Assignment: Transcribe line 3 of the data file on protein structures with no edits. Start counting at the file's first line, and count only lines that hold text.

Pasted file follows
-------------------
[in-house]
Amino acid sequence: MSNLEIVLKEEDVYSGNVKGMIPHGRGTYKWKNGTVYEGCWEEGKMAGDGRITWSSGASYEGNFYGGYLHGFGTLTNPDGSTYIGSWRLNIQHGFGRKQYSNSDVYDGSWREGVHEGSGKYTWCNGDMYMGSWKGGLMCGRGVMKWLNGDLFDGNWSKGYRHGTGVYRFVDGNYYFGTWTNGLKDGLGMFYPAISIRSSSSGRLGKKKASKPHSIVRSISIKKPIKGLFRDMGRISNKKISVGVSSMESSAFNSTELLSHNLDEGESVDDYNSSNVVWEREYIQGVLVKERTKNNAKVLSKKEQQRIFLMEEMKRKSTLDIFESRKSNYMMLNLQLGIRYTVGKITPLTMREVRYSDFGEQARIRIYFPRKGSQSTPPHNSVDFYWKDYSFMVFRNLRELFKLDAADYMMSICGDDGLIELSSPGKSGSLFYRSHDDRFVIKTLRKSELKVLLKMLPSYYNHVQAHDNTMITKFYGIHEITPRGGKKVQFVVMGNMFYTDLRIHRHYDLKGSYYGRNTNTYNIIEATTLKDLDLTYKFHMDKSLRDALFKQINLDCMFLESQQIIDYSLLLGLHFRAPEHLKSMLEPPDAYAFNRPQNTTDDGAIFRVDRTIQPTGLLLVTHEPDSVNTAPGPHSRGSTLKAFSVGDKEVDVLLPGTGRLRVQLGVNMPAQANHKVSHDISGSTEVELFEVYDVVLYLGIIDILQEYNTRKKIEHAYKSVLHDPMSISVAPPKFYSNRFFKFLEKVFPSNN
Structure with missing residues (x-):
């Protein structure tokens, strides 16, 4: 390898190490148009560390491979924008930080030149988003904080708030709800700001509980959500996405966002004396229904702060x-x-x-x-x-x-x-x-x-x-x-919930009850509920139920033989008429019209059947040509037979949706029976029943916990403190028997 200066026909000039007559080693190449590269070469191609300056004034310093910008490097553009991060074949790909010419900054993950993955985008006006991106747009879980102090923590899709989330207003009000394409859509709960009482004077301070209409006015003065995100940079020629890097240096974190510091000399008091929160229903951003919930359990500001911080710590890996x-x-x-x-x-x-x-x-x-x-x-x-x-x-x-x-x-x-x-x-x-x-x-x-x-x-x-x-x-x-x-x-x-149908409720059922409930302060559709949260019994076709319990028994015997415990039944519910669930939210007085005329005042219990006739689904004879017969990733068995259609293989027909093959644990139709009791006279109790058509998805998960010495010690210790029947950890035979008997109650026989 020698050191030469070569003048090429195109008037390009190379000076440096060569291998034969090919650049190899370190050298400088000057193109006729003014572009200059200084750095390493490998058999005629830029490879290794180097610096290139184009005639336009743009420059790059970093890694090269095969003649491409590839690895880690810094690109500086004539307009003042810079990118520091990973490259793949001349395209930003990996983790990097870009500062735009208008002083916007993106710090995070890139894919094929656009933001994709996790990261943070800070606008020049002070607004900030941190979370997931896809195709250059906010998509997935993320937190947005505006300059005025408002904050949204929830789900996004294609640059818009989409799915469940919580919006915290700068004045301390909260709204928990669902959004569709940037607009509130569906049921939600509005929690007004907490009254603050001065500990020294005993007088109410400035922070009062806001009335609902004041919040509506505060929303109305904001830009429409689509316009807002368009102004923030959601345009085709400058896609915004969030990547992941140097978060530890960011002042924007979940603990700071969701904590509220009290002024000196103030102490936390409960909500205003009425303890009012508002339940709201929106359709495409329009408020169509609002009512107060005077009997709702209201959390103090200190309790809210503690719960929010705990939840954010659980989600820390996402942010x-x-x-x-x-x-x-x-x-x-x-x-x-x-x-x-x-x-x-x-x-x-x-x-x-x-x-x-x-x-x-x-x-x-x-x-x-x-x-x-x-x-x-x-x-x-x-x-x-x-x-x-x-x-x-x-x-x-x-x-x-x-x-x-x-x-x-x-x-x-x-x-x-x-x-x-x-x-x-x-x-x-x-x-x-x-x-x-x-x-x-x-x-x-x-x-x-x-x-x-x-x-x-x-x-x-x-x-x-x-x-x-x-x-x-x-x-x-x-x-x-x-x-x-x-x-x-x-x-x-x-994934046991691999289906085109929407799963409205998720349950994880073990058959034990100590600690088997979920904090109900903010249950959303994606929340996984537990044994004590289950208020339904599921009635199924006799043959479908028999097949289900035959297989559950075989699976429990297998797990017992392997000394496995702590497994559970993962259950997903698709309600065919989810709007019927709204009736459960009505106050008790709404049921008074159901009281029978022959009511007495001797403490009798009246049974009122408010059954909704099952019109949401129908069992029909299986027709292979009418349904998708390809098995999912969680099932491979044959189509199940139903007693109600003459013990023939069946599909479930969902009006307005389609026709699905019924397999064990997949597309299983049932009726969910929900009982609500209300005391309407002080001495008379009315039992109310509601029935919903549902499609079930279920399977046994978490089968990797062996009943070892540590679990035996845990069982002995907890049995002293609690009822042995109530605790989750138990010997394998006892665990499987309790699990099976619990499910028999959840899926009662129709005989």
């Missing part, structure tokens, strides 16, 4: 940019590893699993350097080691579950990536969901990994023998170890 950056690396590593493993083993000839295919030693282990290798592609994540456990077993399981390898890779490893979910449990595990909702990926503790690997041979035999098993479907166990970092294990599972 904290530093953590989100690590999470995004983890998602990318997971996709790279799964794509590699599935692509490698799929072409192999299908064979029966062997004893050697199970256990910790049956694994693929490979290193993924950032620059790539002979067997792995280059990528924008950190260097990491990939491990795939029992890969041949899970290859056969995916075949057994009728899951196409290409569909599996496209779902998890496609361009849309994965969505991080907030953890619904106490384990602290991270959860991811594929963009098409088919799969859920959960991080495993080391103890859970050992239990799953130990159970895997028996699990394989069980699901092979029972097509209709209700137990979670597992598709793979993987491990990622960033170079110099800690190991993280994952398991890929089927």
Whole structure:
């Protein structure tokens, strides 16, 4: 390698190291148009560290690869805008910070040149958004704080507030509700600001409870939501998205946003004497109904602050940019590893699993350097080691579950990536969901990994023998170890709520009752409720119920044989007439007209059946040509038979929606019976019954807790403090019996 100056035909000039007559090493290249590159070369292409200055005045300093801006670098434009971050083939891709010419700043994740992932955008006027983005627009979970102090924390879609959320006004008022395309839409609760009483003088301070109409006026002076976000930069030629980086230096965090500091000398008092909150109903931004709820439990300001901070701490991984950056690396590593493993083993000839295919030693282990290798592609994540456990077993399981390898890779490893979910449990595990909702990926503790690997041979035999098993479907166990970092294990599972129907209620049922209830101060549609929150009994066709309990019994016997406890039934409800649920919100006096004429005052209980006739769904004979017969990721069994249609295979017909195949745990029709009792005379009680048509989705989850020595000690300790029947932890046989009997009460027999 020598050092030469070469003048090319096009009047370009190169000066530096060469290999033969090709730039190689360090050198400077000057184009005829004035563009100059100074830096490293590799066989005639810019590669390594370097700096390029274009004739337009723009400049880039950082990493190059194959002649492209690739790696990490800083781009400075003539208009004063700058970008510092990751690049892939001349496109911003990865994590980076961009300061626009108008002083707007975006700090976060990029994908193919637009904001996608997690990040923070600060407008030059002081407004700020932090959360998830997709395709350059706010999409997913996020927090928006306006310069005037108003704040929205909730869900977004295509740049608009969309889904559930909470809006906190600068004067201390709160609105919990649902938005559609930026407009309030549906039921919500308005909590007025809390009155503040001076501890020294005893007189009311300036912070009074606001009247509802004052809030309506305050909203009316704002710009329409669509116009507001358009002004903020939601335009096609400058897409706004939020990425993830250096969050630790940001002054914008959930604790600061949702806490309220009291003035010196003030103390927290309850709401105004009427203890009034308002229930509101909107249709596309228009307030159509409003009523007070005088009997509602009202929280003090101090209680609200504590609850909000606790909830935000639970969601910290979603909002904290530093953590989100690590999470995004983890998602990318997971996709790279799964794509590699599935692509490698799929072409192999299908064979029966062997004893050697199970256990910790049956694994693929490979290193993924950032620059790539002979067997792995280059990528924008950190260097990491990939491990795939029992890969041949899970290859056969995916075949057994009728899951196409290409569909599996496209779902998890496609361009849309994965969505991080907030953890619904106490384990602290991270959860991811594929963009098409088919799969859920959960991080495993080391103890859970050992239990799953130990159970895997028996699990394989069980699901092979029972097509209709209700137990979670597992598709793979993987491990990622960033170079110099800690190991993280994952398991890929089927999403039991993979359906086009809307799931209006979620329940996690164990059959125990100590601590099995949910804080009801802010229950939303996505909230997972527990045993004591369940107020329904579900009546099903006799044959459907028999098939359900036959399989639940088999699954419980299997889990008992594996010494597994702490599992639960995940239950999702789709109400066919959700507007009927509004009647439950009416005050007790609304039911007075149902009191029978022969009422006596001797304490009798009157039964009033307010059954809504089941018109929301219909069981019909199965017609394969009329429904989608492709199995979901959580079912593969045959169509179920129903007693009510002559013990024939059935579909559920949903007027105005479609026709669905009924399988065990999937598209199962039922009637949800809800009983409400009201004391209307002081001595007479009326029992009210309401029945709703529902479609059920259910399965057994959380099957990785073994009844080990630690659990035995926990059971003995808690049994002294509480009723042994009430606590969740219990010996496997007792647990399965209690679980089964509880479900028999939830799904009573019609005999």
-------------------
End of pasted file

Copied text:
Structure with missing residues (x-):